Vulnerable older adults not receiving proper care often enough

April 1, 2005

Many people dying in institutions have unmet needs for symptom amelioration and emotional support.

BY 2008, AS MANY AS 54% of the work force will provide some assistance to an elderly relative, according to the U.S. Department of Labor. RAND Health, a unit of the RAND Corporation, developed 236 quality-of-care indicators for care delivered to the vulnerable older adult population-those mostly likely to die or become frail-and then used the system to assess the quality of care delivered to community-dwelling older adults enrolled in one of two managed care plans. The study, Assessing Care of Vulnerable Elders (ACOVE), identified 22 conditions that account for the majority of healthcare costs for older adults and analyzed prevention, diagnosis, treatment and follow-up.

The study indicates that vulnerable elderly receive only about half of the care recommended, as measured by the percentage of time providers adhered to quality indicators. Preventive care measures rank the lowest at 43%, while treatment indicators are 81%. In addition, providers administer appropriate care with an adherence rate of 83% for acute care problems vs. 51% for chronic conditions.

The results of the ACOVE study indicate overall that the healthcare provided to the elderly is not as high-quality as it could be, leading researchers to review and test practical interventions to improve performance of some of the lower ranking procedures.

Oakland-based Kaiser Permanente has developed a set of core competencies to address the needs of older adults, including accountabilities for elder care; integrated clinical and business planning and decision-making; quality/performance improvement; clinician attitudes, knowledge and skills; member/caregiver activation and participation; core services such as population screening, caregiver support, healthy lifestyles, prevention, advanced illness care coordination and palliative care; and internal and external collaborations.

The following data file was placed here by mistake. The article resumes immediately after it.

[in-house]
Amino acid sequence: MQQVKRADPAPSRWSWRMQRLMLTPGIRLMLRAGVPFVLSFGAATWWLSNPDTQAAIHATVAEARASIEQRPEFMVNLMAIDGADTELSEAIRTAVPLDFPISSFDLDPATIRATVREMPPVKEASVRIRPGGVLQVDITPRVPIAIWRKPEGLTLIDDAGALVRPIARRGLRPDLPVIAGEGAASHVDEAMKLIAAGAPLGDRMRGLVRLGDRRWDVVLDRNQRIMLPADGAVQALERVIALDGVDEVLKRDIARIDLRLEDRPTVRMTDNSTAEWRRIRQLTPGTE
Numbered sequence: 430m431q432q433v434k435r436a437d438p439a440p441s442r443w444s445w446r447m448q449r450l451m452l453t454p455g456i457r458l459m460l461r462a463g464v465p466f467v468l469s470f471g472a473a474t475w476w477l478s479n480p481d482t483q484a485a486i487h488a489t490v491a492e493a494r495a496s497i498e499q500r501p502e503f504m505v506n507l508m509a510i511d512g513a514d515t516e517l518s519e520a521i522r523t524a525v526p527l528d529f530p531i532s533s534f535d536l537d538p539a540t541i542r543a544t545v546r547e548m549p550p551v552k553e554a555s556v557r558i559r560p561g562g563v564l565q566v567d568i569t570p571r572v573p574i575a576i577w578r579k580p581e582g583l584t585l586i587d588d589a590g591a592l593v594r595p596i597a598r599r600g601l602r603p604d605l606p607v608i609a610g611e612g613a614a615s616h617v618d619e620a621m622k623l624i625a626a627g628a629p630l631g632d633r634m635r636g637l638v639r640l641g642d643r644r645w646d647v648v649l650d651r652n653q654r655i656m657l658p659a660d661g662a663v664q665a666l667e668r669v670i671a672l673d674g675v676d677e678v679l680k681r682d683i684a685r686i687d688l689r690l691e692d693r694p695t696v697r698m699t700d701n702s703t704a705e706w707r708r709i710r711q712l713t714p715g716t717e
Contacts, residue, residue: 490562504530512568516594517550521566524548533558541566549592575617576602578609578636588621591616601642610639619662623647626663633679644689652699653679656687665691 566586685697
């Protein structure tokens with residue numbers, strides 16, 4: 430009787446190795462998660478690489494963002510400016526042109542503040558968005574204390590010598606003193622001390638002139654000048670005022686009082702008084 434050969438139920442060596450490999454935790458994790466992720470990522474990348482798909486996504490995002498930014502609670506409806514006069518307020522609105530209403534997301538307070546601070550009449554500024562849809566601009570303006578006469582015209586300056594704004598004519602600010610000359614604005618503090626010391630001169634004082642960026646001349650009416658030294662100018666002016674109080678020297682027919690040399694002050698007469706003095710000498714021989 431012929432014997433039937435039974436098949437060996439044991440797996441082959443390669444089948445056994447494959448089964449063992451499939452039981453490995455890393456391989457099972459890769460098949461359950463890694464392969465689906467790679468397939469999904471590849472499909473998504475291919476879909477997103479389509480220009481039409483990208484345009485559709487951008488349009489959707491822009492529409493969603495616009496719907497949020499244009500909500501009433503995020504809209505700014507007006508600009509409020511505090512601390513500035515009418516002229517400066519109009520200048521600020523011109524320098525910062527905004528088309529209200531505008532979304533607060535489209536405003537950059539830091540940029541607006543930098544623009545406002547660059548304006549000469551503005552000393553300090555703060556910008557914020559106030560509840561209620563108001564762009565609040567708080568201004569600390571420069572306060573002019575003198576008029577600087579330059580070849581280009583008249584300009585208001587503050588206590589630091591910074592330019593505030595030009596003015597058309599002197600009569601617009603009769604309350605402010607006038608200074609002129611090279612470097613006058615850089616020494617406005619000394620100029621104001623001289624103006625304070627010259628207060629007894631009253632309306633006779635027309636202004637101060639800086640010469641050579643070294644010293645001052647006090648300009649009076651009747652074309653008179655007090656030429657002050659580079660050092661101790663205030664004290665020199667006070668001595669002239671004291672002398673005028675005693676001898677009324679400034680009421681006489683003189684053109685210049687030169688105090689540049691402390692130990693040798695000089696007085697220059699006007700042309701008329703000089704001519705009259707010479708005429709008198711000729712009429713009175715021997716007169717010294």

A SPECTRUM OF CARE Highmark Blue Cross Blue Shield's SecurityBlue, a Medicare HMO, is another Medicare Advantage organization that knows the senior population backward and forward. Its eight-year-old People Able to Lend Support (PALS) program helps members remain independent by providing assistance with daily tasks, such as transportation, shopping and small home repairs free of charge. Thus far, volunteers have provided 26,000 hours of in-home services to 15,000 older adults in 16 counties in western Pennsylvania.

Highmark applies what it calls "whole person care" to its senior population by moving the member through a continuum of care, including chronic disease management, case management, acute care, wellness prevention and symptom management.

"We offer tools across the entire spectrum of care not only for the really healthy or the really sick, but to enable members to make the most out of their lives at any stage," says Judy Black, MD, medical director of senior products.

SeniorCare Blue, with about 5,300 members started in 1998, and specifically addresses the needs of the frail elderly in nursing homes. A joint venture subsidiary of Keystone Health Plan West and Presbyterian SeniorCare, the program also provides utilization management and discharge planning activities for all short-term nursing home cases of the Medicare Advantage plan.

SeniorCare Blue combines the expertise of geriatric nurses, social workers and a physical therapist who meet at the nursing homes to assess member needs, ensuring members are receiving their benefits; oversee discharge planning; and coordinate care after members are discharged from the facilities. "We are able to provide seamless care to members by working closely with the nursing homes and their staffs to coordinate benefits with the plan more easily," Dr. Black says.

Akin to SeniorCare Blue is a proven model developed by Evercare, part of UnitedHealth Group's Ovations business unit. The company began in 1987, as a demonstration project, and received approval from the Centers for Medicare & Medicaid Services (CMS) in 1994 to expand to other markets. Currently operating in 15 states, its demonstration projects received permanent status as a Special Needs Plan in 2004 through the Medicare Modernization Act (MMA).